I started the week with a trip to a college town where I always get a lot of churning done. It is, after all, The Pudding Guy’s territory (you know you’ve made it in to the ms hall of fame when you have your own Wikipedia page). I guess he must have done a real number on this place because my favorite CVS store turned me down! You know how I always try to avoid 18 – 35 year old male cashiers? I may have to rethink demonizing that demographic because the usual apathetic looking females in that same age group have been making things increasingly difficult for me.
I walked into the aforementioned CVS store, making a beeline for the gift card rack. The only cashier working in the store fit the profile of an easy target, until she turned on me right after scanning the gift cards. She asked for my ID and after I swiped my Amex gift card, she asked to see that as well. That’s when her demeanor changed in an instant and before I knew it, “You can’t use these. Your name needs to be on them.” Telling her I’ve used these cards for gift card purchases before didn’t make a difference. “We’ve always had that rule” she insisted. “Always” doesn’t carry much weight when this is the first time I’ve run into you despite ms’ing here for well over two years. Telling her I’ve “always” been able to do this didn’t ease her belligerence and there were now three people in line behind me, so I left after throwing her some bad vibes. When a cashier tells you no, there’s nothing you can do – involving a manager breaks The Code and draws more unnecessary attention to what you’re doing.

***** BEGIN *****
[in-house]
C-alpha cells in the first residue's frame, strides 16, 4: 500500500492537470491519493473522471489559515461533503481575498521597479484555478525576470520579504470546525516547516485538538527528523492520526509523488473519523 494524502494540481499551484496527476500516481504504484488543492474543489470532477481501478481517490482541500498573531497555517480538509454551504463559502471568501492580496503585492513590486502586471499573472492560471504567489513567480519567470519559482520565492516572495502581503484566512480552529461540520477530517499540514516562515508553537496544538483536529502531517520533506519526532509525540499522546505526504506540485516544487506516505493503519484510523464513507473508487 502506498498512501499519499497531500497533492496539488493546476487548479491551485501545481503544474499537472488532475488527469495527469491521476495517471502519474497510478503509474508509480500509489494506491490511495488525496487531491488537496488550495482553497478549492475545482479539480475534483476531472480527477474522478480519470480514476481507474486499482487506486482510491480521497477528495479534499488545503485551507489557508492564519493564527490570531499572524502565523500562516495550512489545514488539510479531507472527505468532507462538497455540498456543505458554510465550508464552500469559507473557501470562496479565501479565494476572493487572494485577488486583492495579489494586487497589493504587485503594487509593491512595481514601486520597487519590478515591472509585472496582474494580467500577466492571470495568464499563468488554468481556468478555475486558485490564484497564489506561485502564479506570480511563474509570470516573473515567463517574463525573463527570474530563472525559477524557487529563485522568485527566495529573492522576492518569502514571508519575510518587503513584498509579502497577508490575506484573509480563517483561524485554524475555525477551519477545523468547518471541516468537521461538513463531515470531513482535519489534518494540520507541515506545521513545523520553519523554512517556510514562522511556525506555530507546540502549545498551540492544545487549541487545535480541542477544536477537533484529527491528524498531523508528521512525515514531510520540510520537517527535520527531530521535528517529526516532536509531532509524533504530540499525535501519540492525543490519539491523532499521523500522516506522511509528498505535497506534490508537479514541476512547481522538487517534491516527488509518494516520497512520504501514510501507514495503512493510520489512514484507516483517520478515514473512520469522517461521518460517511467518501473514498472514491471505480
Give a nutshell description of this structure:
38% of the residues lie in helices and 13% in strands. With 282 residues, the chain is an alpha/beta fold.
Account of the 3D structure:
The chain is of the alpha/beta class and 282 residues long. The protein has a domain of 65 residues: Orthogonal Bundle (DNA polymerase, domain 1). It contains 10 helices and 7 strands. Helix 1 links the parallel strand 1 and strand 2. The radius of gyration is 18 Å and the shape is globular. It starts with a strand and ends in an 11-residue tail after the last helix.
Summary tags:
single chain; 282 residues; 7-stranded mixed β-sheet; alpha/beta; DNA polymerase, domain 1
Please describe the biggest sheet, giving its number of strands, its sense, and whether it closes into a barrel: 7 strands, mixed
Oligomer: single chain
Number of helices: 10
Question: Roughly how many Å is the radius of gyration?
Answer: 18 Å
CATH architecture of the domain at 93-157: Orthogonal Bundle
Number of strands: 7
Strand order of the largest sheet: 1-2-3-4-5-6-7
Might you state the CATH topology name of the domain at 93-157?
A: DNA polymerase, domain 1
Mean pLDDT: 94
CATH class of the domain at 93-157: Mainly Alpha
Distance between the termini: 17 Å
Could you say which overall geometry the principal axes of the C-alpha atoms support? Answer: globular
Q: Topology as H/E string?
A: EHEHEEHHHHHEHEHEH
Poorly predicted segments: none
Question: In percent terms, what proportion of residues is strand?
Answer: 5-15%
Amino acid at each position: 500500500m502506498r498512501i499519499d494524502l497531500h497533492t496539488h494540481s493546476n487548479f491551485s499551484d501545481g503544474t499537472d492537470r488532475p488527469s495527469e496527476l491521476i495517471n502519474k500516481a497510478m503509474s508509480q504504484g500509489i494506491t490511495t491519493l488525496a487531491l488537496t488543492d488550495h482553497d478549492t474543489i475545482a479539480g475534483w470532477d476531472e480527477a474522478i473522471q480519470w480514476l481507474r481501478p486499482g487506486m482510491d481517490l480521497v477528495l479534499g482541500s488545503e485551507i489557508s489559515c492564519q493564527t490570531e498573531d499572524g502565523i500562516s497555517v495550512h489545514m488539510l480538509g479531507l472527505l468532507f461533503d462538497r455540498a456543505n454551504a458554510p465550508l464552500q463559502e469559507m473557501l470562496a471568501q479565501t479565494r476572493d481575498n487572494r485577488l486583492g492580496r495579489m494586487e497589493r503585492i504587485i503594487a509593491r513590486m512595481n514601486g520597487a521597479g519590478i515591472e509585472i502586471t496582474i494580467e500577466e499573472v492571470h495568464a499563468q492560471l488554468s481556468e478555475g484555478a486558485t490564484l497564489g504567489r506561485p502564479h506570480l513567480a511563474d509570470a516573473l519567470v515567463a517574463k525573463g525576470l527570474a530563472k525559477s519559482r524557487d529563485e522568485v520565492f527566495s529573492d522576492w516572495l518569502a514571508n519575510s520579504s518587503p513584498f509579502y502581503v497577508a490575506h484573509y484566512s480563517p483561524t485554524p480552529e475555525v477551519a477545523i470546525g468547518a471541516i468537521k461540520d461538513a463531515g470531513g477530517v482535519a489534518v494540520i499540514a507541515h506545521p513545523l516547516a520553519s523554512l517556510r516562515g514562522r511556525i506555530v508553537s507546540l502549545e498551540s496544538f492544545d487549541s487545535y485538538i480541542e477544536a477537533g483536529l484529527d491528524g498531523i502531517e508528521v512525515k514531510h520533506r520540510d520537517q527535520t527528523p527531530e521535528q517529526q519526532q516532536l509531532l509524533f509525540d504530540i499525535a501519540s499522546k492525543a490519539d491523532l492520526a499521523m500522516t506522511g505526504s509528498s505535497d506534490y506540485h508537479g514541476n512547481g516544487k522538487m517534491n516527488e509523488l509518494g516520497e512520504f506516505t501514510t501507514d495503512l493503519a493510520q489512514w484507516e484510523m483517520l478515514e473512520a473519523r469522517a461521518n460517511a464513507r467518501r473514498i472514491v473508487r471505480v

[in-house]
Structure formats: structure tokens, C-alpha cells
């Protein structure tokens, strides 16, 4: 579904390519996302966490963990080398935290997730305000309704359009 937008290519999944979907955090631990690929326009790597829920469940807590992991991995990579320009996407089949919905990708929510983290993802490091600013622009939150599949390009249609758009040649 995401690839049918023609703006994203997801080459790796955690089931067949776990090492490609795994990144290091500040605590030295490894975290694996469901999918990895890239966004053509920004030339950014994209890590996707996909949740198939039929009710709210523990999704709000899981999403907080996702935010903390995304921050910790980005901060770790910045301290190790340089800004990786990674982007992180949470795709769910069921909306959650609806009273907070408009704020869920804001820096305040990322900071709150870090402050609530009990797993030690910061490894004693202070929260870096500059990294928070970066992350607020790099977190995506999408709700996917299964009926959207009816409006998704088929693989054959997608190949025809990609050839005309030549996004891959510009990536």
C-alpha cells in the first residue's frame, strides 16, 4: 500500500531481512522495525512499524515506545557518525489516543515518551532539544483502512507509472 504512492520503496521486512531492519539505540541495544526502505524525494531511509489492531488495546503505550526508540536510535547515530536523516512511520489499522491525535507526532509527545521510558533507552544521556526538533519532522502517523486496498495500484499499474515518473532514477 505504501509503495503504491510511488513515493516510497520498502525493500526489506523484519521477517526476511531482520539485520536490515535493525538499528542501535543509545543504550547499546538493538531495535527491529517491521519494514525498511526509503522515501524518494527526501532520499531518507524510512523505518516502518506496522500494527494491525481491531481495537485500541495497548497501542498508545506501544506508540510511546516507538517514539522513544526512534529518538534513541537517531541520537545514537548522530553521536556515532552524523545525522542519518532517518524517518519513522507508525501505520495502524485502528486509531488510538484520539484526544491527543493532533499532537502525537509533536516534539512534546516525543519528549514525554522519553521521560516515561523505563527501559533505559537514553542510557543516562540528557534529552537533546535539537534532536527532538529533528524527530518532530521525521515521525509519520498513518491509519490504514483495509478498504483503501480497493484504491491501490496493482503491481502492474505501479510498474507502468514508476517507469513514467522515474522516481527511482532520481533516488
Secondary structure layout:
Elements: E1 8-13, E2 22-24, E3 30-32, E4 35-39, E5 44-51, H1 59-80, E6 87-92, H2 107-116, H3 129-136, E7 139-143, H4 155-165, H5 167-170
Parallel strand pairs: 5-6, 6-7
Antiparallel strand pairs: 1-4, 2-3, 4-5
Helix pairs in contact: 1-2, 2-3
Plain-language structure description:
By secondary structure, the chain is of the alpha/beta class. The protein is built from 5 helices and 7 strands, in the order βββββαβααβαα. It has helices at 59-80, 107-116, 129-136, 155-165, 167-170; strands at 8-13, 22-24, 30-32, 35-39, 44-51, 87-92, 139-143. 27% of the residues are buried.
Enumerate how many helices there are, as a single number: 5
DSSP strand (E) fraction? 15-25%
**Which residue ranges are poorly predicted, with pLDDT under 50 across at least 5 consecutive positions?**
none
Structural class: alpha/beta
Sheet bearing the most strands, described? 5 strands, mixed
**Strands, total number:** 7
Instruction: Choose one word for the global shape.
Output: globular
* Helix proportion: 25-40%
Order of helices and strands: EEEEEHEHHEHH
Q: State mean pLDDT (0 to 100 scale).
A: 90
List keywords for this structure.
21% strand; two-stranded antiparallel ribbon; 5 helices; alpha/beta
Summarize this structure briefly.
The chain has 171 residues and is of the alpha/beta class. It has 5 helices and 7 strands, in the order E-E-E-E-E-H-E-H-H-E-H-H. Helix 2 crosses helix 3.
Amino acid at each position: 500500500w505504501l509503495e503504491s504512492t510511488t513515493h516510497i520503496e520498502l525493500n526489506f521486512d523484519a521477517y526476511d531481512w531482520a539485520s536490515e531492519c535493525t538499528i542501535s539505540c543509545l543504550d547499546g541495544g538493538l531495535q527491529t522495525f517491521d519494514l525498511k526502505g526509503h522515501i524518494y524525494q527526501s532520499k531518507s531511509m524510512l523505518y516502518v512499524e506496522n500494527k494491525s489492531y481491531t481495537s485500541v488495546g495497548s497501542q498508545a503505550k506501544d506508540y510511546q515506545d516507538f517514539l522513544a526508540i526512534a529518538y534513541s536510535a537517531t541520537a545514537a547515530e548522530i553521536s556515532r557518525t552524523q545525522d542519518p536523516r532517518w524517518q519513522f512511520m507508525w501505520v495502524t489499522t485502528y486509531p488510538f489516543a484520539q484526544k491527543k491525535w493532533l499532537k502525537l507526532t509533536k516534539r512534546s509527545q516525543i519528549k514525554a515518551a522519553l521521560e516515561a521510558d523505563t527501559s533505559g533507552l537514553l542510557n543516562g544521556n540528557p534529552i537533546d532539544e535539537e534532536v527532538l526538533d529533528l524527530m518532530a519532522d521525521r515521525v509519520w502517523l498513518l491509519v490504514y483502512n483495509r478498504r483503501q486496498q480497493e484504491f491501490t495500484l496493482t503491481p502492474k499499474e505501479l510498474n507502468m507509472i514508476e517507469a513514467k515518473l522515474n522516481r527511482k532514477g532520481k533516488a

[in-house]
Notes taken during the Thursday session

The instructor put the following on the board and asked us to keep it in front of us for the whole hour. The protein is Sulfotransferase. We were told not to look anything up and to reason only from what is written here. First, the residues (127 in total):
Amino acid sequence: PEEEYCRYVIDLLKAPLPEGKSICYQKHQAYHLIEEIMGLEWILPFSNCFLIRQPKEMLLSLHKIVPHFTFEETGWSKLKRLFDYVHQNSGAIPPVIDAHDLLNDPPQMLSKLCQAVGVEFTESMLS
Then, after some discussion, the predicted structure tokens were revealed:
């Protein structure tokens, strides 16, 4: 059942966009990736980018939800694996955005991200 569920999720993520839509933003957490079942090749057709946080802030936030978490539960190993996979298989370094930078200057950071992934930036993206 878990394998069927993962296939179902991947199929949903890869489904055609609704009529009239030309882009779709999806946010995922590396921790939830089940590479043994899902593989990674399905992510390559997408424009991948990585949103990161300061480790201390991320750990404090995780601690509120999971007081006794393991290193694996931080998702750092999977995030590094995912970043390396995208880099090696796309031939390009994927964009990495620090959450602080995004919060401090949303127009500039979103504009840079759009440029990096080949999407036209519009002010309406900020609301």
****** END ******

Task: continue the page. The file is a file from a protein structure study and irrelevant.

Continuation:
On the up side, I did have success with loading my Redbirds at a nearby Target store. Not the one staffed by students – the one out in the boonies, a place that could easily stand in for a zombie-infested town on The Walking Dead (I’m not that obsessed with the show, really). The people in towns like these are simple folks who haven’t been exposed to degenerate travel hackers like us, so they don’t know that they’re supposed to crap all over our fun by telling us we can’t use gift cards for Redbird loads. So I maxed out my Redbirds and got a coupon book from Scott, who asked me if I’d fill out a survey telling his employer how competent he is at his job. I usually throw these survey receipts away, but for an ms-friendly cashier I decided to take a minute to fill one out.
Next were a couple of Walmart stores, where I picked up $3,000 worth of money orders. These were all relatively tame Walmart locations with short lines. I only experienced a long wait at one store, where the woman standing in line ahead of me had carried in five boxes of pre-packaged deli meat. Was she returning them? Was this the Walmart version of the horsehead-in-your-bed threat from an angry customer? No, it was even more bizarre than that: Apparently the cashier in the check-out line forgot to charge her for them. I have no idea how that happens, but it signals a whole new level of incompetence that I didn’t think was possible for Walmart.
It’s almost time for my next round of Amex gift card orders. I’m trying to time it so I can unload them all before the credit card bills are due. The good news is I’ll have plenty of opportunities to liquidate these cards on an upcoming trip to San Jose. The down side is that I’ve maxed out both my Redbird and Paypal debit monthly load limits, so this will have to be mostly a money order venture. Yes, I fully to expect to have my Paypal account shut down before the month is up. No, it doesn’t bother me since upon deep reflection, I couldn’t remember the last time I even used Paypal for a legitimate transaction.
I am considering foregoing Amex gift cards altogether. I’m not in immediate need of miles and a more laid back approach to gift card churning would be a nice change to the drama I’ve been encountering lately while attempting to unload Amex gift cards. But then again, that would make for a pretty dull post next week…
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